DNA testing refutes Neanderthal ancestry
The team, from Germany, France, Switzerland, Austria, Croatia and Sweden tested mitochondrial DNA
LEIPZIG, Germany, March 16 (UPI) -- DNA analysis by researchers across Europe have yielded the best evidence yet Neanderthals made no significant genetic contributions to modern humans.
The findings may help settle an ongoing debate on whether Homo neanderthalensis interbred enough with Homo sapiens when they coexisted -- from about 100,000 to 150,000 years ago -- to contribute to the modern human gene pool, said the researchers.
The team, from Germany, France, Switzerland, Austria, Croatia and Sweden, tested mitochondrial DNA from 24 Neanderthal and 40 early modern human remains. The mtDNA, as it is called, is transferred only from mother to child.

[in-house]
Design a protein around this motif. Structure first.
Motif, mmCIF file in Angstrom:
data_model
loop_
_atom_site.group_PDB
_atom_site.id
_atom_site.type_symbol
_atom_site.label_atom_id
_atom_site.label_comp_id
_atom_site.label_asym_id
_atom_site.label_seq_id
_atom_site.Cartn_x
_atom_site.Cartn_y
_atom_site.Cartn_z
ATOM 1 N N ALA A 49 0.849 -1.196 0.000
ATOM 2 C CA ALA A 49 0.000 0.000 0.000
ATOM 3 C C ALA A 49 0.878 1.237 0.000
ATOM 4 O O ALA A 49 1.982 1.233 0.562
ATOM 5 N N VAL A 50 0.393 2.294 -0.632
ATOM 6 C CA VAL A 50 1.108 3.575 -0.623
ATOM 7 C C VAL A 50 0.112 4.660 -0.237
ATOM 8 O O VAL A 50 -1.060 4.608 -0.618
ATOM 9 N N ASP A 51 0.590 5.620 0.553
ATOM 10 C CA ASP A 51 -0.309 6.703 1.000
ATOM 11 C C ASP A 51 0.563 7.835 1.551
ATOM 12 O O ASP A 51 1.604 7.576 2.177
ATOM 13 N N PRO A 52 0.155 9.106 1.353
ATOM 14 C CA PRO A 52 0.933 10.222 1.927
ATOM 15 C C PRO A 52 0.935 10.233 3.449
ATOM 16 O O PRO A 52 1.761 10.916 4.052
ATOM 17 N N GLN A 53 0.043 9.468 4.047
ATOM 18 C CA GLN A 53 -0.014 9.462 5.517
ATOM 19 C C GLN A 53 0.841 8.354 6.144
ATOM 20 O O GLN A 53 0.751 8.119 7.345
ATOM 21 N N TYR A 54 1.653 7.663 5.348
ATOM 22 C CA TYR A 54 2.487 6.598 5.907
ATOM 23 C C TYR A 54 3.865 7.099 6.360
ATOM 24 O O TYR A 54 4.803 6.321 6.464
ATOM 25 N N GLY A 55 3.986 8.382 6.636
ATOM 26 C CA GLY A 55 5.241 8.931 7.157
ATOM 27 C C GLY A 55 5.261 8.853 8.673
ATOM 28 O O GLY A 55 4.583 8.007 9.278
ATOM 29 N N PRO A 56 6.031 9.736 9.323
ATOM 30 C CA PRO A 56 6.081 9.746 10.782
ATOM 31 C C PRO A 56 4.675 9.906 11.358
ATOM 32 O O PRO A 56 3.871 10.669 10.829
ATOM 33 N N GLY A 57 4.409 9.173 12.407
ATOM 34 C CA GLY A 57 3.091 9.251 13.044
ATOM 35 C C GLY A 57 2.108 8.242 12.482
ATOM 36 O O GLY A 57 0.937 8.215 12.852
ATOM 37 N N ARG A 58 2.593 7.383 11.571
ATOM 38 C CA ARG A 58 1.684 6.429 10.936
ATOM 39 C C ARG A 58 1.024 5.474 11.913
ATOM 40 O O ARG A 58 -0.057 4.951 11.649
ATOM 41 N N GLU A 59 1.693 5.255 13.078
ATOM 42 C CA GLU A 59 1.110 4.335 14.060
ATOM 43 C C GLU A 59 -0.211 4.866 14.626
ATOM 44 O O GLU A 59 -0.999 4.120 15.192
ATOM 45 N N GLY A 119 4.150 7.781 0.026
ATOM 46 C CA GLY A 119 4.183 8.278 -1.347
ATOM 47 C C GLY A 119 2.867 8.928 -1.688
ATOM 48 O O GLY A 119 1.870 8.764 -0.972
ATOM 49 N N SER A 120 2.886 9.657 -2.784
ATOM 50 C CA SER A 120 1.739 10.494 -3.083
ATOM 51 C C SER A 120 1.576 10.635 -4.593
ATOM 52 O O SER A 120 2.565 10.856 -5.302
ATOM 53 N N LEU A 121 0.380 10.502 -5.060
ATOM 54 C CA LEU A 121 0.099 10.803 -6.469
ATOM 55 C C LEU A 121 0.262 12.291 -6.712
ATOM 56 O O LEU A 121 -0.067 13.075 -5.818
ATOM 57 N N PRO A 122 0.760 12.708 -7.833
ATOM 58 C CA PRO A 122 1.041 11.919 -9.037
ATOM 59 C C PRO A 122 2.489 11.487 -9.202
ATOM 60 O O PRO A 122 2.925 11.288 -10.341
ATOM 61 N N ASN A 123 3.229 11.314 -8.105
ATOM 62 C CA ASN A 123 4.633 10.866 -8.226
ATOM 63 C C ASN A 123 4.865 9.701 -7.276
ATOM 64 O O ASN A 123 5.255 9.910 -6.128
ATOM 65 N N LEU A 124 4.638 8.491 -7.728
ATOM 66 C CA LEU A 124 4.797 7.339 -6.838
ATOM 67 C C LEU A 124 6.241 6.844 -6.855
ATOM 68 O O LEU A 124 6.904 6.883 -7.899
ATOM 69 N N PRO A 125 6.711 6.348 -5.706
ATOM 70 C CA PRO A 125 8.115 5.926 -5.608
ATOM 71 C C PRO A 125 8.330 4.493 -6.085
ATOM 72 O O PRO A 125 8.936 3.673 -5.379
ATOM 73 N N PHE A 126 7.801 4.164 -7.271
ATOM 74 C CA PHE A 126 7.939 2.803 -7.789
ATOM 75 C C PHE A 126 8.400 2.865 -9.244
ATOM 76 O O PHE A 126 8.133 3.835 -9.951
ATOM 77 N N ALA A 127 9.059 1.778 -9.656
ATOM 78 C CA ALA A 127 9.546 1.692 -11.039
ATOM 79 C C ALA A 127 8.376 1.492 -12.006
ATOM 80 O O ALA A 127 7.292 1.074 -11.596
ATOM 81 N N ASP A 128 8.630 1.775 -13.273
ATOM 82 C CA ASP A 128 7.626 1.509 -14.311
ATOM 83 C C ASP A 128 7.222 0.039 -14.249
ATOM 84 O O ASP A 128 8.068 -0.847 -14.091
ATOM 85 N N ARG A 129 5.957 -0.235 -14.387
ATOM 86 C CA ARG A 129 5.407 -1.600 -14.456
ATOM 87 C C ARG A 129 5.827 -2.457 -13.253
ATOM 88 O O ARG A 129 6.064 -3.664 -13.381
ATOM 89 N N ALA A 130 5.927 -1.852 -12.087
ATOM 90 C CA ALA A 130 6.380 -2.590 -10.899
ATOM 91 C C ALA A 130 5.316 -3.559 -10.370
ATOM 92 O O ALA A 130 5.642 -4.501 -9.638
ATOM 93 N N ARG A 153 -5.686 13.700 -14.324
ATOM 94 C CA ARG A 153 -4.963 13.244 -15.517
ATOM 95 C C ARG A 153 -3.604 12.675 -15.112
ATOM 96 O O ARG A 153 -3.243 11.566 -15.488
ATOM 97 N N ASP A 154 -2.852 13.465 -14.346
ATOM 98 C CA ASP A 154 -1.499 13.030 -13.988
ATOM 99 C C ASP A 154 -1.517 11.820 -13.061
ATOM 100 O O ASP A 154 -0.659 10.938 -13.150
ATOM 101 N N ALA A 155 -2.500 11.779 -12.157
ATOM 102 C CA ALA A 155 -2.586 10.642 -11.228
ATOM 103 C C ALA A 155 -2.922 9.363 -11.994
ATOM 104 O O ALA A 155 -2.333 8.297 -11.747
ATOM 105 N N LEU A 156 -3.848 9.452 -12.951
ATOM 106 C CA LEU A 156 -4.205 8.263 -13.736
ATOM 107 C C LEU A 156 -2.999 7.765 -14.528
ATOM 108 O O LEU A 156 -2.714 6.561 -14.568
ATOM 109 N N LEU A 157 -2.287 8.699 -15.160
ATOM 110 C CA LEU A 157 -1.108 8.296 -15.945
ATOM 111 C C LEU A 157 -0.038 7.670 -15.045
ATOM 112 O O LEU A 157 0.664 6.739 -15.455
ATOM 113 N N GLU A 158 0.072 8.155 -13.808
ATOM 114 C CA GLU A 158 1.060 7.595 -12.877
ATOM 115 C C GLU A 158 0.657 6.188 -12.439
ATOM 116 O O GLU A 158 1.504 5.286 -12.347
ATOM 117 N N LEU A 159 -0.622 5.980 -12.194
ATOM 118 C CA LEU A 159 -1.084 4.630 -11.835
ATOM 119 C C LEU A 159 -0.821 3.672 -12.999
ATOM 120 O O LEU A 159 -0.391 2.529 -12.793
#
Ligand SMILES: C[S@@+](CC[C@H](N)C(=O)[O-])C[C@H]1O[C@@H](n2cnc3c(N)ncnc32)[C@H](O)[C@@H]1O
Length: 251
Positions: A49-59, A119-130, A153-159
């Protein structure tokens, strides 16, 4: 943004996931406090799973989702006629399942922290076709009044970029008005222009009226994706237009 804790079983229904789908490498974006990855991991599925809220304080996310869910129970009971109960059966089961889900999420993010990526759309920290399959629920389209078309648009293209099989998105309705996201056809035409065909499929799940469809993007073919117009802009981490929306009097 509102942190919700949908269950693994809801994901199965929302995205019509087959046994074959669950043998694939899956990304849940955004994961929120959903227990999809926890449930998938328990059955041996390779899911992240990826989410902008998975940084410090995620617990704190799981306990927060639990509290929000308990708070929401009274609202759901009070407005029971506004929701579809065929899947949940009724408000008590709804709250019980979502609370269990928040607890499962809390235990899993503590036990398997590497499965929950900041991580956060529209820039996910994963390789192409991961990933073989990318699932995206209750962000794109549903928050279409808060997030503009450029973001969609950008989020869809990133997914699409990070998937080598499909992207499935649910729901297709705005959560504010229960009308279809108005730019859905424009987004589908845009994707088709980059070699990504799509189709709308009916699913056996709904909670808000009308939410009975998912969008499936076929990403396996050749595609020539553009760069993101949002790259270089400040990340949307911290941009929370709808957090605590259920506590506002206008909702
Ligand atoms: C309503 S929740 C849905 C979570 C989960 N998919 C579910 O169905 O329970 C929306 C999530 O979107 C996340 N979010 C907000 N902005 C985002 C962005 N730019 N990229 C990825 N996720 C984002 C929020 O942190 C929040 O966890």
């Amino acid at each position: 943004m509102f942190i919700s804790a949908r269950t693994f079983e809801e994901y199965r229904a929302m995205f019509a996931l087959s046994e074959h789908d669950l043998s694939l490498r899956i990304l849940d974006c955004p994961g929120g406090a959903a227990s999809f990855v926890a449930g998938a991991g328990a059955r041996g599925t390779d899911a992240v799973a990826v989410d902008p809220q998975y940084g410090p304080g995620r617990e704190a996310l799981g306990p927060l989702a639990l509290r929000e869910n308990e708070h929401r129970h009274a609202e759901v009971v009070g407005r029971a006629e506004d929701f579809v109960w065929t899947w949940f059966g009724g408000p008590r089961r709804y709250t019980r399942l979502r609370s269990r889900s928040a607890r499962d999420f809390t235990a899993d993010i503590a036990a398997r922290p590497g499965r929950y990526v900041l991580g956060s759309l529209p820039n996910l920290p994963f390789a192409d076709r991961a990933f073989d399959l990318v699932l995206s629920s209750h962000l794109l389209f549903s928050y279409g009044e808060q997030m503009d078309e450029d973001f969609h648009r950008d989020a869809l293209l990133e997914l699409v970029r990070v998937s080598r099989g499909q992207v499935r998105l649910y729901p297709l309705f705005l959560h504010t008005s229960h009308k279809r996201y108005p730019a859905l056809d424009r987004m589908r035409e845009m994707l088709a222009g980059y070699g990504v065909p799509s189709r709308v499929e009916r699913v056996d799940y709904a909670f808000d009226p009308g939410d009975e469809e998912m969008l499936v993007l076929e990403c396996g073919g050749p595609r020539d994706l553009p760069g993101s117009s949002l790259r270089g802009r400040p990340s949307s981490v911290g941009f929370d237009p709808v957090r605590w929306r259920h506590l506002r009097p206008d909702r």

Despite the ages of the fossils, the researchers found four of the Neanderthals and five of the early humans contained enough mtDNA for comparison.
Neanderthals lived roughly 150,000 to 30,000 years ago in Europe, parts of Asia and the Middle East. Modern-day humans arose between 200,000 and 100,000 years ago.